Let me run through a few miscellaneous news items.
*** After San Marino, which is a city-state with too small a population to make the statistic meaningful, the highest per capita COVID19 death toll in the world is in Belgium. Belgium has 692 fatalities per million inhabitants. Compare that to 386 for France; 433 for Great Britain; 215 for the USA; 83 for Germany; 548 for Spain. Why haven’t we heard more about this? According to the Belgians their death toll is really not higher. Their counting is just better.
We’ve spoken about all the excess mortality deaths during the epidemic, fatalities which are products of the crisis and in many or most cases caused by unknown COVID19 infections. Belgium says they’re simply doing much better at properly counting them. Most countries aren’t or at least weren’t counting all the deaths in nursing homes because a great proportion of those people never get tested. Belgium has been counting those deaths on the basis of symptoms even if there was no test. Belgium is counting them. So is it just better counting? At least partly. This chart from the Times shows that Belgium total excess mortality was highest than all the other European countries on this list but Spain. But their official count – from mid-April account for 85% of the total excess mortality, much more than the other countries listed.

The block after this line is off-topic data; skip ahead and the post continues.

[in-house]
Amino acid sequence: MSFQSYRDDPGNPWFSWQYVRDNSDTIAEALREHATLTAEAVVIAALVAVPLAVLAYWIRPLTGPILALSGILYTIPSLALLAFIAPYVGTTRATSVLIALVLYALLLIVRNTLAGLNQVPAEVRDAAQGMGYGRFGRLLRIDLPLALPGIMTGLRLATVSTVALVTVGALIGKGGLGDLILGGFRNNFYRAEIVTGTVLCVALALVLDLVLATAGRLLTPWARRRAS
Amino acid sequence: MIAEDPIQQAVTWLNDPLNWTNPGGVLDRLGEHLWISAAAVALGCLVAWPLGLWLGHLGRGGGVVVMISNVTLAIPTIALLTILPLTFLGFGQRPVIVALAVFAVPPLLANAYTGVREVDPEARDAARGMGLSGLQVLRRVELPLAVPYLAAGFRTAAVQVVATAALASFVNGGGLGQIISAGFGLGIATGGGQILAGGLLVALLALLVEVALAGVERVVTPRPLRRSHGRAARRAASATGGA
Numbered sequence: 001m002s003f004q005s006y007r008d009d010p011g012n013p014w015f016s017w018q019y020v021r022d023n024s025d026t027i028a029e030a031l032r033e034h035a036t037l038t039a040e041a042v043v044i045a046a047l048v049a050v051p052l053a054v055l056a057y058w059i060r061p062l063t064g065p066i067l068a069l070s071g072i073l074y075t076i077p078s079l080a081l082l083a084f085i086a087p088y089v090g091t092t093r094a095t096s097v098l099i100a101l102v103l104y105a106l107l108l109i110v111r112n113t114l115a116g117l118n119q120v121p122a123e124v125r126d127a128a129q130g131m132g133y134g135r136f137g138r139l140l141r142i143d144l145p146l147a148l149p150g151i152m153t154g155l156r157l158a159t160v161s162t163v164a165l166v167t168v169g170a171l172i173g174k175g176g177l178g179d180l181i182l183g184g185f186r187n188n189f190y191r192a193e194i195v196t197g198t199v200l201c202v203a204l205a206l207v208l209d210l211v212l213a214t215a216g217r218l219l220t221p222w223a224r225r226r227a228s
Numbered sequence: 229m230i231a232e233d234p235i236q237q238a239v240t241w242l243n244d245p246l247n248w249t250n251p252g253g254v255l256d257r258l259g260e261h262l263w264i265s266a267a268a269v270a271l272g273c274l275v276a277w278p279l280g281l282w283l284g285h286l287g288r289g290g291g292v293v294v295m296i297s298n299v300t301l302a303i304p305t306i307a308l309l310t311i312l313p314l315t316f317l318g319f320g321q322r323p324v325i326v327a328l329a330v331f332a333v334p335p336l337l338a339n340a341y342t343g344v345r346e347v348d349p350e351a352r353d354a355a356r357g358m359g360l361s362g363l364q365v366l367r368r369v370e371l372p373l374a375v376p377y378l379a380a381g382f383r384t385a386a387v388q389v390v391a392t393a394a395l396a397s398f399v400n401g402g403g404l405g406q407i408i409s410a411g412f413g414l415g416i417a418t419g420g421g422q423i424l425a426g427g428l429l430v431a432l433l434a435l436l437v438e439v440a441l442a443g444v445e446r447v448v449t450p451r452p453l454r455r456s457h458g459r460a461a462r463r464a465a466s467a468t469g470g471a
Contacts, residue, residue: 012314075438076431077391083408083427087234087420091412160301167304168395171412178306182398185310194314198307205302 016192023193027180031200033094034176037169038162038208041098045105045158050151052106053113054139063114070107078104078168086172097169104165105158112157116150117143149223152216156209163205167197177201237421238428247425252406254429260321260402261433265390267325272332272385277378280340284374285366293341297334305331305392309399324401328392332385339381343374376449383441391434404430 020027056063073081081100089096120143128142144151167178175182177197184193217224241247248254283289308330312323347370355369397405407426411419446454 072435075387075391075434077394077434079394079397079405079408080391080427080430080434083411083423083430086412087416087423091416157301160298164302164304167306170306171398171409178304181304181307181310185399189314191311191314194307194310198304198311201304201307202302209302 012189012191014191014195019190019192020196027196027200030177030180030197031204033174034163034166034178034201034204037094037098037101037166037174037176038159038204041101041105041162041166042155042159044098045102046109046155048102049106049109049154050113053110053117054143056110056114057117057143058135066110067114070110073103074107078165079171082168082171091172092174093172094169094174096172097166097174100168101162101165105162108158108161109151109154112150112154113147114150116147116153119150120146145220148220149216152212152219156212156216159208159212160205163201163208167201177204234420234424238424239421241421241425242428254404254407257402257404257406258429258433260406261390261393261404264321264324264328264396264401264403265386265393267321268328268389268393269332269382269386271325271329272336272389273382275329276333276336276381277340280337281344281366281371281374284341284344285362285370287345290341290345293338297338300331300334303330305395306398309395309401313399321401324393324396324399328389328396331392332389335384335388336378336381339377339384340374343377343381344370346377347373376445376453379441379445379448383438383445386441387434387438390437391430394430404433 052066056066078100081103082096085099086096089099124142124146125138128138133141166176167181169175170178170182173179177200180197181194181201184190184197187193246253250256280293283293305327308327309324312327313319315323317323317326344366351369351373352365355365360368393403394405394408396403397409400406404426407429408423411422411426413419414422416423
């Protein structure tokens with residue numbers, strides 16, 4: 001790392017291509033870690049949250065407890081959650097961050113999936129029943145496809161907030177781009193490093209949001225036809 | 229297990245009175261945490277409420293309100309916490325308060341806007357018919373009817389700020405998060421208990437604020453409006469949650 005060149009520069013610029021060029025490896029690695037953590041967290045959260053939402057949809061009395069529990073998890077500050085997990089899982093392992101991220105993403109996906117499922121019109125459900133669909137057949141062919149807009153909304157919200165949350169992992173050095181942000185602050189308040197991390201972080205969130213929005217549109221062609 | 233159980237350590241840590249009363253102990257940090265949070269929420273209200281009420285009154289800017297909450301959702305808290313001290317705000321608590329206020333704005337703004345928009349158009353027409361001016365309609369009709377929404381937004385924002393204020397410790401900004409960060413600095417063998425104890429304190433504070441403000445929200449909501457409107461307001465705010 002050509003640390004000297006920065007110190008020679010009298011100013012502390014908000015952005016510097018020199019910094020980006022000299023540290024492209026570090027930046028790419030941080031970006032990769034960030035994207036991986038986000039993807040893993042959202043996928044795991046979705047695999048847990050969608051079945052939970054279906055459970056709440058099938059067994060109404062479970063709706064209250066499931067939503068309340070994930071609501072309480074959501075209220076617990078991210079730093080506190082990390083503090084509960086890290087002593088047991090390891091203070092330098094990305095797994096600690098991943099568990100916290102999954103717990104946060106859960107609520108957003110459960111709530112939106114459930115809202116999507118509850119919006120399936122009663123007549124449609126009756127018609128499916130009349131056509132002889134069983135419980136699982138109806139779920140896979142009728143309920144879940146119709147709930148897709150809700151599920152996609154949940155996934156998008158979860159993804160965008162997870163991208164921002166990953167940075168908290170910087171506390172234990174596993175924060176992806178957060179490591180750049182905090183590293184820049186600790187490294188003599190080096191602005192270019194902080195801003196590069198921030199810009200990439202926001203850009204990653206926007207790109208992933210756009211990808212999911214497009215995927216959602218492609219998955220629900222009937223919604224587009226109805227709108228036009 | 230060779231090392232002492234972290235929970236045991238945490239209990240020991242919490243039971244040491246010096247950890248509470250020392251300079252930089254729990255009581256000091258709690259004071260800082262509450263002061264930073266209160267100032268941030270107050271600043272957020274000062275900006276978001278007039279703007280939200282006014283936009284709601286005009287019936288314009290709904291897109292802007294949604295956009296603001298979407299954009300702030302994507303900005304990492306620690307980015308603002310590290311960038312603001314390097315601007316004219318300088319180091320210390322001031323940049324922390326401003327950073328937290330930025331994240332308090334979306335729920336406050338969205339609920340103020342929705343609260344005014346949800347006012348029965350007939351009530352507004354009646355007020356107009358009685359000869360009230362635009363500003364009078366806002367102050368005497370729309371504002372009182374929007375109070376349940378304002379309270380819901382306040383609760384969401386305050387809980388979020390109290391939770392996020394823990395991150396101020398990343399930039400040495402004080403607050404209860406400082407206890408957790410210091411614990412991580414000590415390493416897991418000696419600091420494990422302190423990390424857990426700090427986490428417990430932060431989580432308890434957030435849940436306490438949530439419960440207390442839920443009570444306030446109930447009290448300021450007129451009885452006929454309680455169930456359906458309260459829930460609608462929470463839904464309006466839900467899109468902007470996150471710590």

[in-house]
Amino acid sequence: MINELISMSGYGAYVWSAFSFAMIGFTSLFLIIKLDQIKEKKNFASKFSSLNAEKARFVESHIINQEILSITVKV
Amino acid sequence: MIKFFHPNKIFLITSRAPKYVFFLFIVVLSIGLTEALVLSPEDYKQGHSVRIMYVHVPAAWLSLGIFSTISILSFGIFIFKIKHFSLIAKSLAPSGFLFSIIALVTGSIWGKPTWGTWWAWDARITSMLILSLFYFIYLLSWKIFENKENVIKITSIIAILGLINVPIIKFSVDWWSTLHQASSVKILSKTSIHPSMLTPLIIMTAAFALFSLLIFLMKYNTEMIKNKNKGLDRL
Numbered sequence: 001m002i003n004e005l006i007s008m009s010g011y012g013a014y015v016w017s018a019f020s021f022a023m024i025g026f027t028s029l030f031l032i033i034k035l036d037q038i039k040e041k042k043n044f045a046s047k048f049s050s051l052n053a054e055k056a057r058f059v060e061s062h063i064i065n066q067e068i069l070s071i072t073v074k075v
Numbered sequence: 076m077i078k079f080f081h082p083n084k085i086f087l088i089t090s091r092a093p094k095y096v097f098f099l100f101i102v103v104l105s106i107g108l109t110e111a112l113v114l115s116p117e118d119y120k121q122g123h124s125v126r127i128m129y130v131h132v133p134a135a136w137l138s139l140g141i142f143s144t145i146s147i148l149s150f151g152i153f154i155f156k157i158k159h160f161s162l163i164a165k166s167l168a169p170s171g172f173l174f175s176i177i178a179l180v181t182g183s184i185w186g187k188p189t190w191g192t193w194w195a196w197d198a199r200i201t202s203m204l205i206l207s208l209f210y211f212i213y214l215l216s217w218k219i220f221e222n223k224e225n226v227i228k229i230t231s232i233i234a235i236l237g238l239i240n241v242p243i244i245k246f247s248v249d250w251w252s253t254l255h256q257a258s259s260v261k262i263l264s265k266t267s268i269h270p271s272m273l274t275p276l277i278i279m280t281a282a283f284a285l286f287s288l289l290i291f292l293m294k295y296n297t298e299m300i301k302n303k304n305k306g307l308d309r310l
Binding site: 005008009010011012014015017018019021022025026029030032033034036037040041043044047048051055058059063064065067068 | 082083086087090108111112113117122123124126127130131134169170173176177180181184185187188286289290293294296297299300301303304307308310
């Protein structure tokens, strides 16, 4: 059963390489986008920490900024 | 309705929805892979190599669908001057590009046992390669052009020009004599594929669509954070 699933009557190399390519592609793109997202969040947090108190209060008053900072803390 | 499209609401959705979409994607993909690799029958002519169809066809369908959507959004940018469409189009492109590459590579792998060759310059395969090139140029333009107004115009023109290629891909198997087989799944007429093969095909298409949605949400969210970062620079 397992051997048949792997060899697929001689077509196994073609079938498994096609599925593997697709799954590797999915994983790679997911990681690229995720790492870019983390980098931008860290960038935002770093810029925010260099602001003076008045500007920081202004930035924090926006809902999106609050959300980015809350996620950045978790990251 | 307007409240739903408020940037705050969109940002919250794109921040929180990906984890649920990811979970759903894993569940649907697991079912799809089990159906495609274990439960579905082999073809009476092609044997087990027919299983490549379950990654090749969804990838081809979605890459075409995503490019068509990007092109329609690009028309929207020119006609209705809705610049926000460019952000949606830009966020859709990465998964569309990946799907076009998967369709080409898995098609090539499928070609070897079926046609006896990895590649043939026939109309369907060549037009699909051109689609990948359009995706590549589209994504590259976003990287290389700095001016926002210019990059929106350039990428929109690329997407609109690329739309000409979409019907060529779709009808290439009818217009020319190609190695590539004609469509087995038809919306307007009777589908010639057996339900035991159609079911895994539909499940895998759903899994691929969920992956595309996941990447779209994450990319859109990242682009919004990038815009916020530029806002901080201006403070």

*** The LA Times has an ominous new article which reports a new study out of Los Alamos National Laboratory which, according to the Times, says that there’s a new strain of COVID19 which is more infectious, possibly more lethal (the study itself doesn’t speak to that point) and seems to be responsible for the epidemic in Europe and the East Coast of the United States. This sounded very worrisome and very problematic for the chances of developing an effectively and durable vaccine. So I searched through my list of virologists and epidemiologists on Twitter to see what they made of it. I found this from Angela Rasmussen, at Columbia University. She says there’s less here than meets the eye. To be clear, I don’t think she’s saying it’s bad science. She’s saying the article draws conclusions which the study does not support. I recommend reading this Twitter thread to put the article into context.
*** This article in Science looks at the still unsettled and conflicting evidence about the role of children as spreaders of COVID19, a critical question for when and how to reopen schools.
*** This article reports that the first COVID19 case in France, based on going back and testing earlier samples, was in December.
- Contributions allow us to hire more journalists
- Contributions allow us to provide free memberships to those who cannot afford them
- Contributions support independent, non-corporate journalism